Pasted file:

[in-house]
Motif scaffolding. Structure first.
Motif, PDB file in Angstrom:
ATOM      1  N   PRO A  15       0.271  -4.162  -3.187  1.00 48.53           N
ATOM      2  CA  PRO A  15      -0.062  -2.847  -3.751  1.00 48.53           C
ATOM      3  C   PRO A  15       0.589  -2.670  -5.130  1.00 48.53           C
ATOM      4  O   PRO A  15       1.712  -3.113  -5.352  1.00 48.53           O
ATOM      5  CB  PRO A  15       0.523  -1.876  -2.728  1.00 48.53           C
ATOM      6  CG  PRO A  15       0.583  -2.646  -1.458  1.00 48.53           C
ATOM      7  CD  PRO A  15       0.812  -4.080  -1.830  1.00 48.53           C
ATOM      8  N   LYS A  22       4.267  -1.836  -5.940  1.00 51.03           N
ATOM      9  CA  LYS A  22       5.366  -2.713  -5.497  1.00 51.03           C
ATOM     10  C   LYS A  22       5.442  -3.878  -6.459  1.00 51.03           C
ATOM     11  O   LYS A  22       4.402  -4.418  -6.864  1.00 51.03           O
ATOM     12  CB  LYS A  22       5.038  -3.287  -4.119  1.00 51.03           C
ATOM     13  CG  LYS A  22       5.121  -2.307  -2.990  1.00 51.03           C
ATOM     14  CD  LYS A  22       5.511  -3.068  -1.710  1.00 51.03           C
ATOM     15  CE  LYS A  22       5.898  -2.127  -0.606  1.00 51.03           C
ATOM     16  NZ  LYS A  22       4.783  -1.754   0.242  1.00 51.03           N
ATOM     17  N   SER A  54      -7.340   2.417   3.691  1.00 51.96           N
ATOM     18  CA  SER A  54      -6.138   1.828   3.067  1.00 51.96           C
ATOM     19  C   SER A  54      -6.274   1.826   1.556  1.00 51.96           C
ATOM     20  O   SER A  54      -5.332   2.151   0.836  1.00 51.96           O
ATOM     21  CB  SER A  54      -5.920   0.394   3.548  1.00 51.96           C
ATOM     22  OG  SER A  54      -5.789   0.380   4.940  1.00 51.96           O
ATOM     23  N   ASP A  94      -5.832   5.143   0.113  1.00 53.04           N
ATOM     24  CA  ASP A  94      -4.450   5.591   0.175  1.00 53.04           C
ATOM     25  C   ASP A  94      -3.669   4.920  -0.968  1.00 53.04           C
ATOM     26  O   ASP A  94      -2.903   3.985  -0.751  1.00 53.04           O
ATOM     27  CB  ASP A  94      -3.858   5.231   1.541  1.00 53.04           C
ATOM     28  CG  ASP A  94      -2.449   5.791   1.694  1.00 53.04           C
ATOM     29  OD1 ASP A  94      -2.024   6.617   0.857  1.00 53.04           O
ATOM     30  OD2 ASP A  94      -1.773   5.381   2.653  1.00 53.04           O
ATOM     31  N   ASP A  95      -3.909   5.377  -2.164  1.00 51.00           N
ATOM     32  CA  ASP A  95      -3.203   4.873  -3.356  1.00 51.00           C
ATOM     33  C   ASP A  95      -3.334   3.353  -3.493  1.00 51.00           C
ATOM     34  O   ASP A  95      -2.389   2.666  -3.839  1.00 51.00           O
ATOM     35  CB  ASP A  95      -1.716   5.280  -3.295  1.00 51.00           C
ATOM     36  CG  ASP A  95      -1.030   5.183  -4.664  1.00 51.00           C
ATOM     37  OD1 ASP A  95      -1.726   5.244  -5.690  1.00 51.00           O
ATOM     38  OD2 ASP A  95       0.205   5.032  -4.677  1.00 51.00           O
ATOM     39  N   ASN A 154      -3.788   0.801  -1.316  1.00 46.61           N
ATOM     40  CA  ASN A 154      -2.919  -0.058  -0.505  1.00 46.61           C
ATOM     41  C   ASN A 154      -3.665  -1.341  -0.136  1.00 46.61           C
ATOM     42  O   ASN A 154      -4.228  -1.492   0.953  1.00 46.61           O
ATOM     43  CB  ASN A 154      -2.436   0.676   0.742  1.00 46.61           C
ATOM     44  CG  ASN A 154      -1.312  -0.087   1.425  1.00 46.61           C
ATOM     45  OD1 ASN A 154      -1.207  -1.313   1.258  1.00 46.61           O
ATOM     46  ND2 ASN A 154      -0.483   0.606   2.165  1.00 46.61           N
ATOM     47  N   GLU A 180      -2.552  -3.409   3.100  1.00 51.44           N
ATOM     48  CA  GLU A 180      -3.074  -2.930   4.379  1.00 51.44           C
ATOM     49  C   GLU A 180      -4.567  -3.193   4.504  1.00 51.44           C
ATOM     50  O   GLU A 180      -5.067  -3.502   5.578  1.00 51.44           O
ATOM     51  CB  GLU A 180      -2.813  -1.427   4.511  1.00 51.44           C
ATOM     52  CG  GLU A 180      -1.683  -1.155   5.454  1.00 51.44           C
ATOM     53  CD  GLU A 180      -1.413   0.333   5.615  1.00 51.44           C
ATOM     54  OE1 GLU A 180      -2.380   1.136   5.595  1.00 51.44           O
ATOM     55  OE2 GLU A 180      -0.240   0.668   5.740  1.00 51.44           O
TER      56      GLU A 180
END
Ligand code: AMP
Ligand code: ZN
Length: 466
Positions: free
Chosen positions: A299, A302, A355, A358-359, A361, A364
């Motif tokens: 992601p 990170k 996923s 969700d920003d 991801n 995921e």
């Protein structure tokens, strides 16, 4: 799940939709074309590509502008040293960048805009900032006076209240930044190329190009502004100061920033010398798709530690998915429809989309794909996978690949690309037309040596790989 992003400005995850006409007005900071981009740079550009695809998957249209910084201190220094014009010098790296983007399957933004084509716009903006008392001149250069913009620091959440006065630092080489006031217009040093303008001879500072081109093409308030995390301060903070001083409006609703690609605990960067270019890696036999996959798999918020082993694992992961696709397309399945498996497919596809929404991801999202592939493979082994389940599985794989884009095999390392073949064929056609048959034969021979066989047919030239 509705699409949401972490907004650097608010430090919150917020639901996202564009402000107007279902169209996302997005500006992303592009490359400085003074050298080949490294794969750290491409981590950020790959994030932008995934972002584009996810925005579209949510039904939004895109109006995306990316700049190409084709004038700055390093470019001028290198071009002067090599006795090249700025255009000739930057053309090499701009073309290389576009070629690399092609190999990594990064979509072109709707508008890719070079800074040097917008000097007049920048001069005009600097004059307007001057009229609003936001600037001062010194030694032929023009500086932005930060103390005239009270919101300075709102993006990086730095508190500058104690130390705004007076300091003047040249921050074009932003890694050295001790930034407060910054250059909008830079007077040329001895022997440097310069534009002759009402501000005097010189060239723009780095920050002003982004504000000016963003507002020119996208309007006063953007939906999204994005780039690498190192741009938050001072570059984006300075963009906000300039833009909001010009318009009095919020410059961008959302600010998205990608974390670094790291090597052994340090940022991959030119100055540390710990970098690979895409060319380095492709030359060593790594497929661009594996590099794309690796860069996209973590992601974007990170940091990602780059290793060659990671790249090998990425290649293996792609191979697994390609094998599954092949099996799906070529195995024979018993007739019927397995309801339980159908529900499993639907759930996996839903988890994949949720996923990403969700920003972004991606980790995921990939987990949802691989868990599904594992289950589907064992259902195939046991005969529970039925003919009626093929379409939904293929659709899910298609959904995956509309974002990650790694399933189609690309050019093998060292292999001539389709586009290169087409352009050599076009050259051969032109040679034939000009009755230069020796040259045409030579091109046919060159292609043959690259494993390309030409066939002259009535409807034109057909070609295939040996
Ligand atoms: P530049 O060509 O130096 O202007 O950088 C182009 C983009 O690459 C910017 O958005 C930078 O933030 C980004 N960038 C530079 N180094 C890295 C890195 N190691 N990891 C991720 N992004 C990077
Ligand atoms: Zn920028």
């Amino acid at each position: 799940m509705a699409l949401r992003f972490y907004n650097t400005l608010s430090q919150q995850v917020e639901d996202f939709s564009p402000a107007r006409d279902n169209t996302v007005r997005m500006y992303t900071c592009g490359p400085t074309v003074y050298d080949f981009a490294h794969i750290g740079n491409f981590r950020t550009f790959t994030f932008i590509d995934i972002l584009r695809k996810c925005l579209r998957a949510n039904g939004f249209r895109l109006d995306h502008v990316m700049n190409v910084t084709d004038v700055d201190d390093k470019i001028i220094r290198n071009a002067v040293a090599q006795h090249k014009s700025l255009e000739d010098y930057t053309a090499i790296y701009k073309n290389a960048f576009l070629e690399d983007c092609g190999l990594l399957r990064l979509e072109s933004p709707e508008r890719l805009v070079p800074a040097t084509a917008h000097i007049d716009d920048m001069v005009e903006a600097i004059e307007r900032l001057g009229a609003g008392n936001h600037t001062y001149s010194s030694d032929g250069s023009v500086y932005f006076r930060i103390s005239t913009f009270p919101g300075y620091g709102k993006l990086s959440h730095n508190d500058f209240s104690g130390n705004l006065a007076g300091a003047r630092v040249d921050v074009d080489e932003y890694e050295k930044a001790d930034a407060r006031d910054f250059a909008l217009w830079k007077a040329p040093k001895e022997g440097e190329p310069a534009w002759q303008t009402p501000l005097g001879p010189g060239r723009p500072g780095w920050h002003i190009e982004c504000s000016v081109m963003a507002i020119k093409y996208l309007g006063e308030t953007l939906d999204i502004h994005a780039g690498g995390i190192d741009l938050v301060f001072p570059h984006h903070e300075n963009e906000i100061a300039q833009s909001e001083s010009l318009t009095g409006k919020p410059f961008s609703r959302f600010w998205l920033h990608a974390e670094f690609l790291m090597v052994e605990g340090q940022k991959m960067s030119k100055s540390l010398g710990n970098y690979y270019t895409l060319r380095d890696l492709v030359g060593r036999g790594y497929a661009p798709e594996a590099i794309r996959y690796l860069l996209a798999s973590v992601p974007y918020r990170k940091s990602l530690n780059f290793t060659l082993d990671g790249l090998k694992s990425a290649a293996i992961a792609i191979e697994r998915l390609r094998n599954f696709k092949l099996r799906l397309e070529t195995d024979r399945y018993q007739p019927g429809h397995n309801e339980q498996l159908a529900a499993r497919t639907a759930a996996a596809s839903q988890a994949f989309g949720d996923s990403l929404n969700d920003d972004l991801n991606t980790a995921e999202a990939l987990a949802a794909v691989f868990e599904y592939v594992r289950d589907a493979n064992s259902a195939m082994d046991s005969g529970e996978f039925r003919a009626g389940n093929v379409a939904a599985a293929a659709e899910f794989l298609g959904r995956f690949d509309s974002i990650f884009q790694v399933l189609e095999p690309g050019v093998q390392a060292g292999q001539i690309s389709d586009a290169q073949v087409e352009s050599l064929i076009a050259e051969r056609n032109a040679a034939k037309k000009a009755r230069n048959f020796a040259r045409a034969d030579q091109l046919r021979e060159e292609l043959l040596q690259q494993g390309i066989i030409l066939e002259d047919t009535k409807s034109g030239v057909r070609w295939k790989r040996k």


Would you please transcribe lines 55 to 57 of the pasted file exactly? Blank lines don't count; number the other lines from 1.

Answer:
ATOM     52  CG  GLU A 180      -1.683  -1.155   5.454  1.00 51.44           C
ATOM     53  CD  GLU A 180      -1.413   0.333   5.615  1.00 51.44           C
ATOM     54  OE1 GLU A 180      -2.380   1.136   5.595  1.00 51.44           O